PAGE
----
Atlanta Public School Superintendent Erroll Davis was clearly disappointed as he discussed the results of an investigation into allegations of address fraud and recruiting at Grady High School.
"There are 58 players on the football team and 14 have fraudulent addresses. That is almost a quarter of the football team," said Davis.
Davis said he was surprised at the length some parents went to get their children enrolled in the school known for its academics and athletics.
"We had one parent with two signed affidavits with two different addresses for two different students," Davis said. "We had a player on the team who never set foot in the classroom. He played three years at another school, came here as a senior and never saw the inside of a classroom."
"This is not the full story," said Gloria.
Gloria didn't want to use her real name because she said she is scared about what may happen if she speaks out. She admits her son was a target in the investigation, but she said the final report doesn't tell the whole story.
"The one student they are talking about that does not take any classes at this school is a dual enrollment student taking college classes with a 3.4 GPA. He will have an associate's degree this summer. For them to say he didn't take any classes here and all of the sudden he just registered here just for the football team is just ridiculous," Gloria said.
Davis said the facts speak for themselves and the district will look into new ways to prevent fraud going forward.
"The thing that just stunned me was we learned there is a cottage industry in falsified documents such as this, and you can go online and get these things, but we are also disappointed when our own employees and spouses of our employees use those types of documents. That is particularly galling," Davis said.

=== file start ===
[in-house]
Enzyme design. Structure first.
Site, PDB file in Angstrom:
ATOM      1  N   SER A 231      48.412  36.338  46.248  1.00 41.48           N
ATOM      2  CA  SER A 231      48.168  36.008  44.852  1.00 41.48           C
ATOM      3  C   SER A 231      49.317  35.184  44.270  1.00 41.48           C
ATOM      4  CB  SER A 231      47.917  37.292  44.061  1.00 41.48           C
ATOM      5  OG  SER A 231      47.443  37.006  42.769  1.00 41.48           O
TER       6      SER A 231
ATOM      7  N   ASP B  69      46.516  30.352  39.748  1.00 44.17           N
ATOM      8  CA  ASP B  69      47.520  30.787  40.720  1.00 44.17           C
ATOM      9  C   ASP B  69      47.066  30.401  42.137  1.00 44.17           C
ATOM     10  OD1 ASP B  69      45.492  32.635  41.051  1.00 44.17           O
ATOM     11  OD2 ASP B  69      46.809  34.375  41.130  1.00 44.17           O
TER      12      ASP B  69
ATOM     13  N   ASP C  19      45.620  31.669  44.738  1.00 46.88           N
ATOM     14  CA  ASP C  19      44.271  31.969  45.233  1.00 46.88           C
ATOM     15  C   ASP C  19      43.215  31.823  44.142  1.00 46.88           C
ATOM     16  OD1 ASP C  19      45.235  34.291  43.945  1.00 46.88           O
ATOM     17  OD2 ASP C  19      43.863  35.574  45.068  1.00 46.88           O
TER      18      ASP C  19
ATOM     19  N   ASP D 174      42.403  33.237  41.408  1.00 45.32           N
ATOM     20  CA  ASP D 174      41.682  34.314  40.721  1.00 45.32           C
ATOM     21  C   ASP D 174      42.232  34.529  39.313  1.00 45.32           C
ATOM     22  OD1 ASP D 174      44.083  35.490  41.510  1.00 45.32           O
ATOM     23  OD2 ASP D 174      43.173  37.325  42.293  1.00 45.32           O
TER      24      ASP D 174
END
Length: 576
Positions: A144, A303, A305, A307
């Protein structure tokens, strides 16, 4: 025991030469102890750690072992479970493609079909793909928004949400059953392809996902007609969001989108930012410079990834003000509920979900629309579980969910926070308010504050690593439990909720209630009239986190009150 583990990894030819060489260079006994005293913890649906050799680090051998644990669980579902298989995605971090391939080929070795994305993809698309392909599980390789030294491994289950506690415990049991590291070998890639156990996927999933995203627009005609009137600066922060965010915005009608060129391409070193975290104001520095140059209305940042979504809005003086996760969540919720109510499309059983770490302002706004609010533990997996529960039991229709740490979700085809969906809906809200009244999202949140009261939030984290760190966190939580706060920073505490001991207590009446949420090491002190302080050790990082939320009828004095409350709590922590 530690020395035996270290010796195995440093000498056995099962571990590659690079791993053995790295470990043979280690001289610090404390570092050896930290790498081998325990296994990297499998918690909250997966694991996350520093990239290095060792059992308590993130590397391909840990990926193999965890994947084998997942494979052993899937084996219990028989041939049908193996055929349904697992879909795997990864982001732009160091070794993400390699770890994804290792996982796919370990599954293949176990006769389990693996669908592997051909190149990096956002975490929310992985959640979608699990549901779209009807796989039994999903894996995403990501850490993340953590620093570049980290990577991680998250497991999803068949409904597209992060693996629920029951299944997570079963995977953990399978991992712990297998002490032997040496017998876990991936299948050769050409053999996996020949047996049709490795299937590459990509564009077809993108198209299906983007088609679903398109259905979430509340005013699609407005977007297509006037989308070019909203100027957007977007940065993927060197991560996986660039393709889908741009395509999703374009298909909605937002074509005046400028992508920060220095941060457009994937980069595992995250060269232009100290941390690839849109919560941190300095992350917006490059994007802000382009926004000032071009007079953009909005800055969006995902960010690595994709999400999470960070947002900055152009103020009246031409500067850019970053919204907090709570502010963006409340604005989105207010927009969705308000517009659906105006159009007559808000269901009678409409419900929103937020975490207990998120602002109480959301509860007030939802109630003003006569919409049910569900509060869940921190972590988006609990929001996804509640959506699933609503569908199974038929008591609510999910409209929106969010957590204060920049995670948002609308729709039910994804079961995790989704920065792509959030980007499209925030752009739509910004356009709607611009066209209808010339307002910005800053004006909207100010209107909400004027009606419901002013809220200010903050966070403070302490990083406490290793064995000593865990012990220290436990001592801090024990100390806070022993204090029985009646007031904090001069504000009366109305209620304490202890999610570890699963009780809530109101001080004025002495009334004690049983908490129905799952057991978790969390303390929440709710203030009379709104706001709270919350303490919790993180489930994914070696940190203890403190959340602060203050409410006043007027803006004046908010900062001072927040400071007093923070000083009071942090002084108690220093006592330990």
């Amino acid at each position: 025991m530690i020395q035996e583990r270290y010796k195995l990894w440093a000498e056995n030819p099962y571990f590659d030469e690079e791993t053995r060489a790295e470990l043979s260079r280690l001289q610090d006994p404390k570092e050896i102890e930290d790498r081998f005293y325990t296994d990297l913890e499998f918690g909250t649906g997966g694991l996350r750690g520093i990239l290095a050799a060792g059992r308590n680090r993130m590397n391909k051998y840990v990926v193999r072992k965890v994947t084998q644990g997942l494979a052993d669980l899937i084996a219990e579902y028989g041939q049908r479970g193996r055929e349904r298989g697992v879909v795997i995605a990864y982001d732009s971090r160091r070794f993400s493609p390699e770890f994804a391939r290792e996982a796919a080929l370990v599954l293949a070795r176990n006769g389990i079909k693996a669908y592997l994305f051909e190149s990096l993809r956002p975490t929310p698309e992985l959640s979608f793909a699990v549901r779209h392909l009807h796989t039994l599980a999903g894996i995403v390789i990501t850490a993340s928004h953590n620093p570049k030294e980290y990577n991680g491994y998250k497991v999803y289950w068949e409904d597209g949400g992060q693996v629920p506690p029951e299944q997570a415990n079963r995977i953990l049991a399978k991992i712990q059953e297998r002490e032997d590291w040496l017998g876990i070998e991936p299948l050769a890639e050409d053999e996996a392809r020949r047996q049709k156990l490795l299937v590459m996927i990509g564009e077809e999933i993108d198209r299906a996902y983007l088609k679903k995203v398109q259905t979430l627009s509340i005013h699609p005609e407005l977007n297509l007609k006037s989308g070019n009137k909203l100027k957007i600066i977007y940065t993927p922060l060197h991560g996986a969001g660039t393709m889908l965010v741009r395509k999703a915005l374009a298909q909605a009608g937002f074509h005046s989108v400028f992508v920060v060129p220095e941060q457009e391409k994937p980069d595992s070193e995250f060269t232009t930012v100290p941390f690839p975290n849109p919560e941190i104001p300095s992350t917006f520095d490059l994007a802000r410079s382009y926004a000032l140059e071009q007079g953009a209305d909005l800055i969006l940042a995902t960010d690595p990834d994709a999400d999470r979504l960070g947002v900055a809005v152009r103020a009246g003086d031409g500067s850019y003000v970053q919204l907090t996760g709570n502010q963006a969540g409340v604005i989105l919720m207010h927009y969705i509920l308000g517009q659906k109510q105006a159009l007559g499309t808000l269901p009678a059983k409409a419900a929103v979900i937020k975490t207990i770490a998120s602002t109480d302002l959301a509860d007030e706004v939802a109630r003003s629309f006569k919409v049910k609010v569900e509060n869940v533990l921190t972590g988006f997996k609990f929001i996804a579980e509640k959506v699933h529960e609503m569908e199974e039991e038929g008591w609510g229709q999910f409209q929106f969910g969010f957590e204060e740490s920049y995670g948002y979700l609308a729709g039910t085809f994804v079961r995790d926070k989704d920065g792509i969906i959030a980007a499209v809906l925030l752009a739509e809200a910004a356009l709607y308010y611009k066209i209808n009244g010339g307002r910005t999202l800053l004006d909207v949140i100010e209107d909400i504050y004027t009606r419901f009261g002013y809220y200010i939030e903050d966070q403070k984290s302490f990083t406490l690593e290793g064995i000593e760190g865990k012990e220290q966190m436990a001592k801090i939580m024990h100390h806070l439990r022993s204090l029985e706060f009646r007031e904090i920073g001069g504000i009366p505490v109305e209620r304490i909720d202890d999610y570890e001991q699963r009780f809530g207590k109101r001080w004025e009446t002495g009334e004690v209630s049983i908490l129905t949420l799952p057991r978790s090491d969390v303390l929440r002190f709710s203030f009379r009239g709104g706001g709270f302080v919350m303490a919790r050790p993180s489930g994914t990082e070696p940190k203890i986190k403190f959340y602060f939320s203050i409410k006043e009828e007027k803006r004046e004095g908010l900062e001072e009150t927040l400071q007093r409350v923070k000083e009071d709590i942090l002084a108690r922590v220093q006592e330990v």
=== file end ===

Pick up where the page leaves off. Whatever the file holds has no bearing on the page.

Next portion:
Some students said that falsifying addresses is nothing new at Grady High School.
"The issue of out-of-district students here has been an issue, a deeply rooted issue, for many years so it's not shocking," said Olivia Volkert, a senior.
Davis also said the school district is looking into more effective ways to verify residency documents that parents of athletes provide. He also said guilty employees will be disciplined within two weeks.
"I want to win," said Davis. "I want to win with integrity, and I will pursue integrity issues wherever I find them."
Meanwhile, many students implicated in the scandal have withdrawn from Grady and will have to find someplace else to go to school. The superintendent also said he would seek reimbursement for tuition from the students in question. Atlanta charges more than $10,000 per year for tuition for students who don't live in the district.
The Georgia High School Association said it is awaiting the district's final report and will review it. The president of GHSA said depending on that report, the team could face severe warnings, fines and be excluded from playoff games.
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Tuesday, April 20 2010 11:21 PM EDT2010-04-21 03:21:00 GMT
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